An injured coyote that was found wandering the streets in Queens on Wednesday, now resides at Sweetbriar Nature Center in Smithtown. NewsdayTV's Steve Langford reports.  Credit: Newsday/Howard Schnapp; NYPD 105th Precinct; Photo Credit: Janine Bendicksen/ Sweetbriar Nature Center

Straight out of a 1949 cartoon, a coyote found wandering Queens streets near a middle school was caught “in good condition” and now resides at Smithtown’s Sweetbriar Nature Center, the NYPD said.

Alerted by a 911 caller at 7:10 a.m. on Wednesday, officers “met an individual who also had observed the coyote while operating her vehicle,” said Det. Arlene Muniz.

That woman told them she was a wildlife rehabilitator. Working with the NYPD emergency service unit, “they corralled the coyote into a cage belonging to the rescuer and then transported the coyote to Sweetbriar Nature Center in good condition,” the detective said.

As the 105th Precinct based in Queens Village put it, “This morning, NCOs assigned to Sector Eddie were alerted by residents of this individual wanted for the attempted kidnapping of The Road Runner. With help from our friends at ESU, the individual was taken into custody without incident.”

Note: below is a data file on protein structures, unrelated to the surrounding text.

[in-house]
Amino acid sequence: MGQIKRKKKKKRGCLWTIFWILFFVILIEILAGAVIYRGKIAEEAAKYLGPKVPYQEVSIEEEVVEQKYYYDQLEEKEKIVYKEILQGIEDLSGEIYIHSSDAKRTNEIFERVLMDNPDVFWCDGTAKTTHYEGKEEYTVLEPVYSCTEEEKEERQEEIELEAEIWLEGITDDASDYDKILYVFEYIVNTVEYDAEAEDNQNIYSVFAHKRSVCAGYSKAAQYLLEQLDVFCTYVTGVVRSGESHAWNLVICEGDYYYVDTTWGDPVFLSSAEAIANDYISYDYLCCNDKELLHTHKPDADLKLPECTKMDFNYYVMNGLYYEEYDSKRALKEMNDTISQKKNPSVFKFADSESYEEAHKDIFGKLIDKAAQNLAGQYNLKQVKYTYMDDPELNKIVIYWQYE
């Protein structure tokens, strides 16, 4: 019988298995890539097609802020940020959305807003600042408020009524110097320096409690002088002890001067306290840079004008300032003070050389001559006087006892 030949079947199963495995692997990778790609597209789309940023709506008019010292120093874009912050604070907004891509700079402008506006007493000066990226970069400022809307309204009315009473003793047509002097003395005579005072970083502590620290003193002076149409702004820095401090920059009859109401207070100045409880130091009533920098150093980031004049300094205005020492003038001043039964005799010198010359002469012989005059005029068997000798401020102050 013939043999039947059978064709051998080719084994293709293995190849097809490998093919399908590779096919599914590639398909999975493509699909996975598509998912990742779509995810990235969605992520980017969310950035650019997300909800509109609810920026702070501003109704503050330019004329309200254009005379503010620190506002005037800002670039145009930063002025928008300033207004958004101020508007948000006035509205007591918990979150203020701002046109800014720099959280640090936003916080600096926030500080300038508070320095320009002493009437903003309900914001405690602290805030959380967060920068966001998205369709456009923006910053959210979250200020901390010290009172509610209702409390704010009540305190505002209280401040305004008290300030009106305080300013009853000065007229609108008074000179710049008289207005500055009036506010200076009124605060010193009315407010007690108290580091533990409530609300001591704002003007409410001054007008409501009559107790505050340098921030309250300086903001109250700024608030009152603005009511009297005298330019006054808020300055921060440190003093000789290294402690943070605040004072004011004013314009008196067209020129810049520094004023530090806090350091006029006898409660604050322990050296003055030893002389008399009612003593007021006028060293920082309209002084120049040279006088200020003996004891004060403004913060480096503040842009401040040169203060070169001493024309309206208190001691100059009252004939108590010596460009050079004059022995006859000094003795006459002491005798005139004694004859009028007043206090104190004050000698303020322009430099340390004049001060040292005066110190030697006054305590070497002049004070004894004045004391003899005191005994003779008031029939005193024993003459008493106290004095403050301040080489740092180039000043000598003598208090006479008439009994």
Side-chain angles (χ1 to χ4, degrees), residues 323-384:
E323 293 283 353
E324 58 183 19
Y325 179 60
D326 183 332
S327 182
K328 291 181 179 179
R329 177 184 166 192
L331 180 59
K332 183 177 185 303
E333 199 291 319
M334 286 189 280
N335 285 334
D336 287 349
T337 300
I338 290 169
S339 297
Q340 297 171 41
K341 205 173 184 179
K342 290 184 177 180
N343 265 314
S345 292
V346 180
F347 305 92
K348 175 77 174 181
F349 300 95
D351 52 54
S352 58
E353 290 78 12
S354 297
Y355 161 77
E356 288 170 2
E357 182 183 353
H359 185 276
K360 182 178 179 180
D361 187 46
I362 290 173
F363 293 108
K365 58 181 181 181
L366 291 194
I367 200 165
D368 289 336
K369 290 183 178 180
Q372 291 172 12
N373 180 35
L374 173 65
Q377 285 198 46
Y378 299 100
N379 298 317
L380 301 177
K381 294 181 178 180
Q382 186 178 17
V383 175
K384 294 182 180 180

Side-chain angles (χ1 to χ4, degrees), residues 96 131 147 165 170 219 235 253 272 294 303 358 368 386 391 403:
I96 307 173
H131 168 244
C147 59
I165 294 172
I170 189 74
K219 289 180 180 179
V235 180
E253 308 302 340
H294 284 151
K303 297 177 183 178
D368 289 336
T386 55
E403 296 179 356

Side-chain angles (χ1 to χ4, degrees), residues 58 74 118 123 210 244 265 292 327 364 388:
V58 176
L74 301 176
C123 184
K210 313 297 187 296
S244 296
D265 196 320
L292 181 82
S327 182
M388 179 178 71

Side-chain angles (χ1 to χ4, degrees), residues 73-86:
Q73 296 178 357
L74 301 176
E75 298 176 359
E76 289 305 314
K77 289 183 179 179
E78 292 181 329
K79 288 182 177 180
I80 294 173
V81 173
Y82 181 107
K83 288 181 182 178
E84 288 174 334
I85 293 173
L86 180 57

The police said they were called to “the vicinity of 81st Ave. and 257th St.” in the Queens neighborhood of Floral Park. The Irwin Altman Middle School sits at that crossing.

This was the latest coyote to be found in urban or suburban areas, one of a small but increasing band of intrepid wanderers possibly hunting for new territory or a mate, experts say.

This one escaped without charges by the police — or a perilous encounter with people. Video shows the coyote strolling leisurely, if not gingerly, along the sidewalk.

Janine Bendicksen, director of wildlife rehabilitation for Sweetbriar, said the coyote is basically in "good shape" but has an old injury, a broken hip, most likely from being hit by a car. That probably was the reason it was wandering the streets and could be captured.

"You can't capture a coyote who is doing well," she said, adding that the year-old animal was probably leaving its pack and setting out to find new territory.

She is hoping the injury will heal on its own, with confinement, rest and pain medicine, but if not, the animal could be sent to Cornell University's veterinary school upstate for surgery. By law, it must be released back into the wild, somewhere near where it came from, once it is healthy and fit to hunt on its own, Bendicksen said. But that decision is ultimately made in coordination with the Department of Environmental Conservation, she said.

"There are coyote populations on Long Island. They don't want to be seen. They don't want to be found," she said, adding it is a "good thing" because they can help keep the deer population in check. She stressed that they are not a danger to humans and are originally native to the area, although they haven't been seen for many years.

"We don't want people to be afraid," she said, adding that the coyote is "probably terrified" being in captivity and will not be on public display.

With Steve Langford

DON'T MISS THIS LIMITED-TIME OFFER1 5 months for only $1Save on Unlimited Digital Access